But container farms are indoors, so pollinators aren’t necessary. Pollinating your plants by hand will still produce high-quality fruits and vegetables. Easing your students’ and their parents’ concerns by growing indoors lowers risks and helps kids focus on learning.
That also means you’re unlikely to see pests, like beetles, that might eat your produce and kill your crops with shipping container farms. While pesticides aren’t often used in school gardens, dealing with bugs and curious herbivores is still a challenge.
There are natural pest control remedies available. But these may require smelly fish fertilizer to deter uninvited visitors to your farm. This isn’t necessary with container farming.
Container farms offer a secure, pest-free growing environment for your school farming program. Gone are the days of setting up fences and gates to protect your growing site. You’ll never worry about wildlife rampaging through your garden and snacking on your vegetables. When your students don’t have to worry about the destruction of their hard work, they’ll stay motivated while sowing, growing and harvesting.
School farming programs supplement students’ studies
To outsiders unaccustomed to the agriculture industry, the number of jobs students can perform may seem limited. After all, how much work needs to be done on a farm? As any farmer will tell you, it’s more than you’d think.
Thinking outside the box, it’s easy to come up with a wide variety of jobs that students can do. Simple jobs can be done by younger students, while more complex tasks might provide an exciting challenge for older students.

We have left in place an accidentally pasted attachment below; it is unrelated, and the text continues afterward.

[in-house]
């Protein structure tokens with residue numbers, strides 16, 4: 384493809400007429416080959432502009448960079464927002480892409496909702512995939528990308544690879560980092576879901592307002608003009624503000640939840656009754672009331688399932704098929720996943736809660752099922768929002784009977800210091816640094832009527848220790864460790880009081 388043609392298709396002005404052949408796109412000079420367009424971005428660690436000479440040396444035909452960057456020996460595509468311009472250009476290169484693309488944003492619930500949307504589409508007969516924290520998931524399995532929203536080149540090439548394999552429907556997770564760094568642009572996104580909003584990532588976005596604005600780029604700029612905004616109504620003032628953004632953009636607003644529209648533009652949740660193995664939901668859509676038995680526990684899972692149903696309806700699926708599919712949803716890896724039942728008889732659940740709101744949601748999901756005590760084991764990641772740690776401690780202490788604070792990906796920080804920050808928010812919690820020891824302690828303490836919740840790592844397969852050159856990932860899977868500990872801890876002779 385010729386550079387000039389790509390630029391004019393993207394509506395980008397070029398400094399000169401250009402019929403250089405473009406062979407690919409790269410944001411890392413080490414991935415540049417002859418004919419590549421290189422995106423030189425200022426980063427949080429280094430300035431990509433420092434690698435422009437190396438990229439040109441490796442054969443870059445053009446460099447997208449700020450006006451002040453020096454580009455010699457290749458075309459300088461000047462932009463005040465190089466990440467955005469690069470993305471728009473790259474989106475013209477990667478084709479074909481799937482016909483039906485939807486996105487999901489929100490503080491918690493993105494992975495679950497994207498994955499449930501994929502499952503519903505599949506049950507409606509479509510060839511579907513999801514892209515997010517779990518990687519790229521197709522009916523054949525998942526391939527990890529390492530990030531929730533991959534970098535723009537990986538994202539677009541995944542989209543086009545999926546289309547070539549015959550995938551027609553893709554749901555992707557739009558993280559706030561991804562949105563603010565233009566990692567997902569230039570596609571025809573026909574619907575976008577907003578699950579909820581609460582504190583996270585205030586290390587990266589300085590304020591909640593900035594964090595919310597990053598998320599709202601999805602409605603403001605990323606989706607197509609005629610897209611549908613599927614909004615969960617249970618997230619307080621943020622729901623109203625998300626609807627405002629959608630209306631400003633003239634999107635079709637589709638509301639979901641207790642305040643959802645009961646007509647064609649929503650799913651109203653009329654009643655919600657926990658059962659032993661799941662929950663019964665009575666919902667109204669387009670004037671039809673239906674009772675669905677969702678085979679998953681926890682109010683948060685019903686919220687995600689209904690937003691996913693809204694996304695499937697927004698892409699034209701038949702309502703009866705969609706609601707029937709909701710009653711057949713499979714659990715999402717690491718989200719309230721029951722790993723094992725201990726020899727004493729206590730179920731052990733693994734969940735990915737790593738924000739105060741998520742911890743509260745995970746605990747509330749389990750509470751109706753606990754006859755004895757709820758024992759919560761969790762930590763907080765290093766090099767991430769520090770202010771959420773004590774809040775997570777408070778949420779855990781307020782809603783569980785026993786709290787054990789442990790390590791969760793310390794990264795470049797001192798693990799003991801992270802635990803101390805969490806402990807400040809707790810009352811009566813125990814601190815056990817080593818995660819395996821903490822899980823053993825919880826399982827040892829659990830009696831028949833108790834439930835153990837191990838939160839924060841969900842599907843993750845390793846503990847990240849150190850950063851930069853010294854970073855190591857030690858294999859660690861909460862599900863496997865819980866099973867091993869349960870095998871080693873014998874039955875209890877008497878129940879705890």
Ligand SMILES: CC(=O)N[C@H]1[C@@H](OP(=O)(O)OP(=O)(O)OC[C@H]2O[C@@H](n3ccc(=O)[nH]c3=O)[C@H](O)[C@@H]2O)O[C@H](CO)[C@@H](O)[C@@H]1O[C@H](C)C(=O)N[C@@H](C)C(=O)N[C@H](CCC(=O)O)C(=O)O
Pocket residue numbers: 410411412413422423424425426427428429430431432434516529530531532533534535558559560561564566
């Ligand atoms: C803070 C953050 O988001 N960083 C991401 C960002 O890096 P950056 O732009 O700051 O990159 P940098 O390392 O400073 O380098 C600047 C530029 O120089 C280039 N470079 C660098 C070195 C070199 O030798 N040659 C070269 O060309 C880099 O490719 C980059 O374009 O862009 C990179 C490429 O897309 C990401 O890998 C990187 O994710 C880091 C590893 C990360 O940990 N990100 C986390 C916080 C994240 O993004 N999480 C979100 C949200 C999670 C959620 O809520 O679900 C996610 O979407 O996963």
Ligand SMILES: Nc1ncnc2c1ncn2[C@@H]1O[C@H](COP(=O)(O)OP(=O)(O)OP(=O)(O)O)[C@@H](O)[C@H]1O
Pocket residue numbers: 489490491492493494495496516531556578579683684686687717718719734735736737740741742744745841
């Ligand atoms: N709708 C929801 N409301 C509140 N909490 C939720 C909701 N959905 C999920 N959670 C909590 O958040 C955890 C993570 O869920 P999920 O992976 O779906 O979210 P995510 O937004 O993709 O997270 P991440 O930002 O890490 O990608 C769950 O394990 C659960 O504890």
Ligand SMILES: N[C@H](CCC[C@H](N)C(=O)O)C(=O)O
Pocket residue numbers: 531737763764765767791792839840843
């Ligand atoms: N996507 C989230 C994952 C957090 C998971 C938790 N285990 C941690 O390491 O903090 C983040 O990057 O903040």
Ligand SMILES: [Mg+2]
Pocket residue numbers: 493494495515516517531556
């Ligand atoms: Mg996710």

School farming programs give students a personal stake in the work that goes into producing healthy fruits and vegetables. It gives them an understanding of nutrition and how what they eat changes their energy levels and mood.
Many students will experience agricultural work for the first time in a container farm while participating in your school farming program. Nurturing a plant all the way from seed to harvest is a powerful moment for students. The future agriculturalists of America may learn the basics of the trade at your school. But first they’ll need activities to stimulate their minds and bodies.
Shipping container farm activities will develop your students’ minds and expand their understanding of the food system, business operations, and STEM disciplines. Hydroponic container farms provide areas where students can receive hands-on learning in key vocational skills, especially science, engineering and technological literacy. These skills will invigorate your student’s imaginations and empower them to develop their interests alongside their classmates in a collaborative social setting.
No matter what you envision for your school farming program, Pure Greens is ready to assist you. From a single farm to a 24-unit stacked container farm enterprise, our fabrication experts will build what you need. Contact us to learn more.